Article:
State

Delta stands to benefit from stimulus

WASHINGTON -- The Senate thinks stimulating the U.S. economy and saving the Sacramento-San Joaquin Delta can go hand in hand.

A hefty stimulus bill heading for a Senate vote this week includes $50 million for delta restoration efforts. That makes the delta one of the very few regions nationwide cited for specific assistance in the bill expected to cost well above $800 billion.

"We're pleased to have the money in the stimulus package," said Jeanie Esajian, public information officer for the CALFED Bay-Delta Program.

The $50 million could pay for Bureau of Reclamation levee improvements, habitat restoration, fish screens and other work around the tattered delta, upon which some 22 million California residents rely for at least part of their water supply. State and federal agencies are collaborating in the long-running environmental effort.

Other California water projects would draw funding from the economic stimulus package as well. The bill, for instance, includes $110 million for small reclamation projects. Many are in California, such as water recycling efforts in Santa Clara and the East Bay.

The stimulus bill, though, does not name the specific reclamation projects slated for funding. Mindful of criticism about pork barrel spending, senators largely omitted mention of specific earmarks.

A 431-page draft of the stimulus bill's primary funding components includes the word "California" only once, in reference to the state's environmentally sensitive Bay-Delta region where the $50 million would be spent.

Most other states and localities aren't explicitly mentioned in the bill. Other provisions to be added could bring the bill's total length to more than 1,000 pages.

Still, even with its nearly unique status with the Senate bill, the delta money isn't a sure thing. House members did not include it in their $819 billion stimulus package approved Tuesday over unanimous Republican opposition. House and Senate negotiators still have to resolve their differences.

Even the Senate's provision does not, by itself, guarantee funding. The Senate bill states that the $50 million "may" be spent on the Bay-Delta, but does not say it must be spent.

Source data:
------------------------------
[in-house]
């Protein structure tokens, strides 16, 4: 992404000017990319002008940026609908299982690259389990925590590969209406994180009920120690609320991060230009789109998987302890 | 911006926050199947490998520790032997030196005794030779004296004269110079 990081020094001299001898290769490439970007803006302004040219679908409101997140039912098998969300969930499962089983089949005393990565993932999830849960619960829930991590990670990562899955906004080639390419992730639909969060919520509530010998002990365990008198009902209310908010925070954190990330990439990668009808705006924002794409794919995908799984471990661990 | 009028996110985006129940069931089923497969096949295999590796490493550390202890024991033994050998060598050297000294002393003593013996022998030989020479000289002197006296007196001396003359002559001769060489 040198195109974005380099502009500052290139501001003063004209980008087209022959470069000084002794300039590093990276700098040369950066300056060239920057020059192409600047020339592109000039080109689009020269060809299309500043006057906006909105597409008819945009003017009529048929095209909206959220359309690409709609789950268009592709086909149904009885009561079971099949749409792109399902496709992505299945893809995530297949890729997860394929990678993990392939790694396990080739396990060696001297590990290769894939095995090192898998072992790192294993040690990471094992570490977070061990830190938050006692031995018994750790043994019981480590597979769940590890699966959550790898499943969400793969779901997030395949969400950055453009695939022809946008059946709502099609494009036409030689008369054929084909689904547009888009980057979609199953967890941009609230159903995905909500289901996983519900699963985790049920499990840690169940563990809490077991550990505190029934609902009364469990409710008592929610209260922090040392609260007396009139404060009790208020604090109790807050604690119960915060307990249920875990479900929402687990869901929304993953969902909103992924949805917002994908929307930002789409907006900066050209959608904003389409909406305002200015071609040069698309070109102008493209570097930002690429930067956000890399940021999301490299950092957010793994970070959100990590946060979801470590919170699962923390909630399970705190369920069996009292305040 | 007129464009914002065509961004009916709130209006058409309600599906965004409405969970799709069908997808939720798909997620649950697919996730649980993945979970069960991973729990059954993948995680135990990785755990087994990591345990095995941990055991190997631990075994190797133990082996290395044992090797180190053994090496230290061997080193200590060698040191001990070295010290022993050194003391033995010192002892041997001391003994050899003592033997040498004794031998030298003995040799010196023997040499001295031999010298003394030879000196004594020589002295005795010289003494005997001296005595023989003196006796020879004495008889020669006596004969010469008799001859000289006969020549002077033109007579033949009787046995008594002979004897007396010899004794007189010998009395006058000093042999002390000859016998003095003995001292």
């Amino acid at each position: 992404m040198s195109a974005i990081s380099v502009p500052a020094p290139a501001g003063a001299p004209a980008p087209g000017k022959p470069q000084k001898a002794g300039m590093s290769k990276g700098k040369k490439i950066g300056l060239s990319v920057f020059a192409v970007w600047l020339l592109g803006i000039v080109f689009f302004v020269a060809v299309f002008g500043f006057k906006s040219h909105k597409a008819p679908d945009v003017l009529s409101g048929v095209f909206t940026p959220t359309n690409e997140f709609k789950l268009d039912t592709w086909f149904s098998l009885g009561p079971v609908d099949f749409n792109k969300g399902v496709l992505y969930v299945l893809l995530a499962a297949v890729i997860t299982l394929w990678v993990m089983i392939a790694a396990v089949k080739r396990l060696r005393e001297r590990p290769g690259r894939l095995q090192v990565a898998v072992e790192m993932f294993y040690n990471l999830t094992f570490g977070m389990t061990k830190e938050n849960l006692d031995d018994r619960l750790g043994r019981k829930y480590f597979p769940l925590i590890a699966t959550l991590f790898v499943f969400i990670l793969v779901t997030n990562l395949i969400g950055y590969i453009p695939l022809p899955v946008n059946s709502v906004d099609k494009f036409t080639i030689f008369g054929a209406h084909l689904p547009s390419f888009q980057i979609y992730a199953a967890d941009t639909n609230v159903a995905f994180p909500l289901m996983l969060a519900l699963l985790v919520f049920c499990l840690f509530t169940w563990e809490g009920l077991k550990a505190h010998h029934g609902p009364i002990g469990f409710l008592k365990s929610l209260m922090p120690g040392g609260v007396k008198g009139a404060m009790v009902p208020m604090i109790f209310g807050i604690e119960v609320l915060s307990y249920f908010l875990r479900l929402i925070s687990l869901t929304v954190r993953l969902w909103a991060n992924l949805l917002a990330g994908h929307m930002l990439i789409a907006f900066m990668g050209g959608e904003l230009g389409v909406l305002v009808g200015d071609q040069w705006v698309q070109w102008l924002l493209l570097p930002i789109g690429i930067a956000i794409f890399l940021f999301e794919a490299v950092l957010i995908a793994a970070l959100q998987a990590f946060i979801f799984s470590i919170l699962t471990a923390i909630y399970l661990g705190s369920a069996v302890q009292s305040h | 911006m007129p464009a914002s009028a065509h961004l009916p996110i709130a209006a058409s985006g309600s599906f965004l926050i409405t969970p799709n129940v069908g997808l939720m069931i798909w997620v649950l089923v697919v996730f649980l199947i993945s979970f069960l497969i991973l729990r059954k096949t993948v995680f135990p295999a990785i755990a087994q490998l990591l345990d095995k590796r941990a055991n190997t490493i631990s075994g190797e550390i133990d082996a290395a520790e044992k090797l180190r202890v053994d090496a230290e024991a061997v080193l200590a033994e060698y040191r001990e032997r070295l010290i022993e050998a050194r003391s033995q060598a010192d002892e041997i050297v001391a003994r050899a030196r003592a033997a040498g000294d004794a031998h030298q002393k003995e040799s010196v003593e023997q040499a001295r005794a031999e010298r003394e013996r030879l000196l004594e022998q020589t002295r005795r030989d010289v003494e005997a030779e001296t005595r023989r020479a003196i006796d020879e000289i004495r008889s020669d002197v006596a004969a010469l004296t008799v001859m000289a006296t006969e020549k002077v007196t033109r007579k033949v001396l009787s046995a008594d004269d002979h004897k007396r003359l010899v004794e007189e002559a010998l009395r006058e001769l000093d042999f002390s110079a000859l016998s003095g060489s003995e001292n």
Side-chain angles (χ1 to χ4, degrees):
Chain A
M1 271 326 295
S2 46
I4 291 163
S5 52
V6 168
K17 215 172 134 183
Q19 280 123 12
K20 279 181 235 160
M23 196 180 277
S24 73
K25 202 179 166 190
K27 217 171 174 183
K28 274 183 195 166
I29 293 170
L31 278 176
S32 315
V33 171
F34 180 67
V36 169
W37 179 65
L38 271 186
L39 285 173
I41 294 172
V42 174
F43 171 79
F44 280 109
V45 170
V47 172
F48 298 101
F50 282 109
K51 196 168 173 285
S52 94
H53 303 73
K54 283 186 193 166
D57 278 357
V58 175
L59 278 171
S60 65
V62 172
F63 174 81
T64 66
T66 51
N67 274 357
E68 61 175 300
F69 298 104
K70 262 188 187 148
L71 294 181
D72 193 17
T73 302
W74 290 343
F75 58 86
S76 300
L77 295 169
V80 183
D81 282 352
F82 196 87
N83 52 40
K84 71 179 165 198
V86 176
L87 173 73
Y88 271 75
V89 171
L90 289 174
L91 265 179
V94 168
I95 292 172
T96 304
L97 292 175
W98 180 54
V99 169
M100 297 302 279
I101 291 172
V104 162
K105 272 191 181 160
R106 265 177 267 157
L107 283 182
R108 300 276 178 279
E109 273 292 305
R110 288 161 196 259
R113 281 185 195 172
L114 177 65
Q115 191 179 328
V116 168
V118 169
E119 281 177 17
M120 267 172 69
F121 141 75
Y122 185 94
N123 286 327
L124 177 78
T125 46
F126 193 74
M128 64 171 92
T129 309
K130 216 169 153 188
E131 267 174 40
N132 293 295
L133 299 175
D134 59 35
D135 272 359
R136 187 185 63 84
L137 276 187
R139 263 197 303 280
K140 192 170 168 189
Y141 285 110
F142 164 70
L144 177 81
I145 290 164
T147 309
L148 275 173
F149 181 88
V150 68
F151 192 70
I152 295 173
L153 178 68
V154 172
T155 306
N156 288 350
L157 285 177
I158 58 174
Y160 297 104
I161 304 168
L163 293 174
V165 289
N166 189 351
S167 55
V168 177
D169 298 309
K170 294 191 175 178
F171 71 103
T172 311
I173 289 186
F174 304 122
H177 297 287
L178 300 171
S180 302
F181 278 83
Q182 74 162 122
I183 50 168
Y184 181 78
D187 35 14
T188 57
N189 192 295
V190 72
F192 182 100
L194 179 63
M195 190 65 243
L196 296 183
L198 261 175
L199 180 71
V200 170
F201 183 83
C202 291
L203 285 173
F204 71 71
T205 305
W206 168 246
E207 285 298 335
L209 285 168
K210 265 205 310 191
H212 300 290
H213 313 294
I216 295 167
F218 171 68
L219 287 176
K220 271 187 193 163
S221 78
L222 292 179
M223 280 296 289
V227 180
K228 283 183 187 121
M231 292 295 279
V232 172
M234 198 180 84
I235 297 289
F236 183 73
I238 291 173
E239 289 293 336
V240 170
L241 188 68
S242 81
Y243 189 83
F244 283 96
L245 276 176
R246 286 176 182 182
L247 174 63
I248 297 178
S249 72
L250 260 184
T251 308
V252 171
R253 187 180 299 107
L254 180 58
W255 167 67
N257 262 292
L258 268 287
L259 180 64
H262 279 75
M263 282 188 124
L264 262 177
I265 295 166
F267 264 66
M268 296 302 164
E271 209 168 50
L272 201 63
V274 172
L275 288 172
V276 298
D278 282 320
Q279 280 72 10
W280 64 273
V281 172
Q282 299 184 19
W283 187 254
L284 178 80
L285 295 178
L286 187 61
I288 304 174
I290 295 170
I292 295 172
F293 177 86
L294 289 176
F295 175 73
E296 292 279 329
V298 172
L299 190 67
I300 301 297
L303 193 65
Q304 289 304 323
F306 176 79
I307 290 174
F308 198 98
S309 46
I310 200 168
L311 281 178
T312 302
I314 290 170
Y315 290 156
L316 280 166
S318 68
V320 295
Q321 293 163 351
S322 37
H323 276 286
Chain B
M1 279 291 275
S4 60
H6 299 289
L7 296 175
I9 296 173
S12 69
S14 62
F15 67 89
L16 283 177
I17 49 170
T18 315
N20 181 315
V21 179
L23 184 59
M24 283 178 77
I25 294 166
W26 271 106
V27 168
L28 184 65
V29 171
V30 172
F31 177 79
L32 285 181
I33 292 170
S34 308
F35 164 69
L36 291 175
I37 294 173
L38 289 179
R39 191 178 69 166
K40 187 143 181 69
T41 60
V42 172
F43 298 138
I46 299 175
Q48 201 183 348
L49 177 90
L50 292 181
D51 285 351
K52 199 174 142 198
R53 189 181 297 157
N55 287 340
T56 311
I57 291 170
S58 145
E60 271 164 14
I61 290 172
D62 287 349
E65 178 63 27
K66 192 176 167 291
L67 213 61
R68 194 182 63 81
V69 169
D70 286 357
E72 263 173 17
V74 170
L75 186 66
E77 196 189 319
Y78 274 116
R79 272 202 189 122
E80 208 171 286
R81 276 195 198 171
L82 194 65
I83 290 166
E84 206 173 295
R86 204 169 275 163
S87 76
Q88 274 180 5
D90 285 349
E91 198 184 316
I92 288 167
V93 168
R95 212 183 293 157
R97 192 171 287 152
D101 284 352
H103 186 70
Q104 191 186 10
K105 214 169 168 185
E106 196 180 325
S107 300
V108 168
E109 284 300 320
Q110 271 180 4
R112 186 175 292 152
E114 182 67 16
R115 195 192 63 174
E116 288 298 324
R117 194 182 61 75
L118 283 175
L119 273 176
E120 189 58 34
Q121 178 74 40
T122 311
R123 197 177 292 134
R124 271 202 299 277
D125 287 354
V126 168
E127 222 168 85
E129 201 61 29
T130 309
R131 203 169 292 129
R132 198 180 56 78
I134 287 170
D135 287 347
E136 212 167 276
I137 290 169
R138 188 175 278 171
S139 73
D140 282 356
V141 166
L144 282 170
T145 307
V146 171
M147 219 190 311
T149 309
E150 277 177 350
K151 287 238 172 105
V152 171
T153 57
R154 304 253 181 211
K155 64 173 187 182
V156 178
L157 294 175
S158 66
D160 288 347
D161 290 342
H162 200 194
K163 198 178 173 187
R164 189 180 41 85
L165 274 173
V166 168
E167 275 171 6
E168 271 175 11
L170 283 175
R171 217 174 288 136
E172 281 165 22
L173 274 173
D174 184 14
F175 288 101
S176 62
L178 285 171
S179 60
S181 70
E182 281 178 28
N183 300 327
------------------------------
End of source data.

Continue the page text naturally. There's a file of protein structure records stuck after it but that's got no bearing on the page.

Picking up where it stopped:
The economic stimulus bill is on a fast track, with congressional Democrats hoping they can get a final version to the White House for President Barack Obama's signature soon.

Capitol Hill negotiators must iron out many differences going well beyond the delta funding.

The Senate bill, for instance, omits $50 million that the House bill includes for the National Endowment for the Arts. Over the past year, the federal agency has provided grants to the Monterey Jazz Festival, Fresno's Radio Bilingue and the San Francisco Mime Troupe, among others. Supporters say the additional arts funding will help sustain jobs.

Mortgage assistance reflects another potential difference to be worked out. Senate Republicans, cheered on by some House Democrats, are considering adding a provision allowing current homeowners to refinance their homes at a 4 percent interest rate.

Merced Democrat Dennis Cardoza authored a House version of the proposal, but it was not included in the House stimulus bill.

"I am pleased to see not only a bold, far-reaching solution emerging in the Senate, but from across the aisle," Cardoza declared.

"This is the exact bipartisan cooperation that President Obama has called for."

For farmers, the Senate bill includes the latest in a long line of disaster payments, notwithstanding pledges last year that the new 2008 farm bill would eliminate the need for such ad hoc, year-by-year assistance. The House bill does not include agricultural disaster assistance.

Bee Washington Bureau reporter Michael Doyle can be reached at mdoyle@mcclatchydc.com or 202-383-0006.

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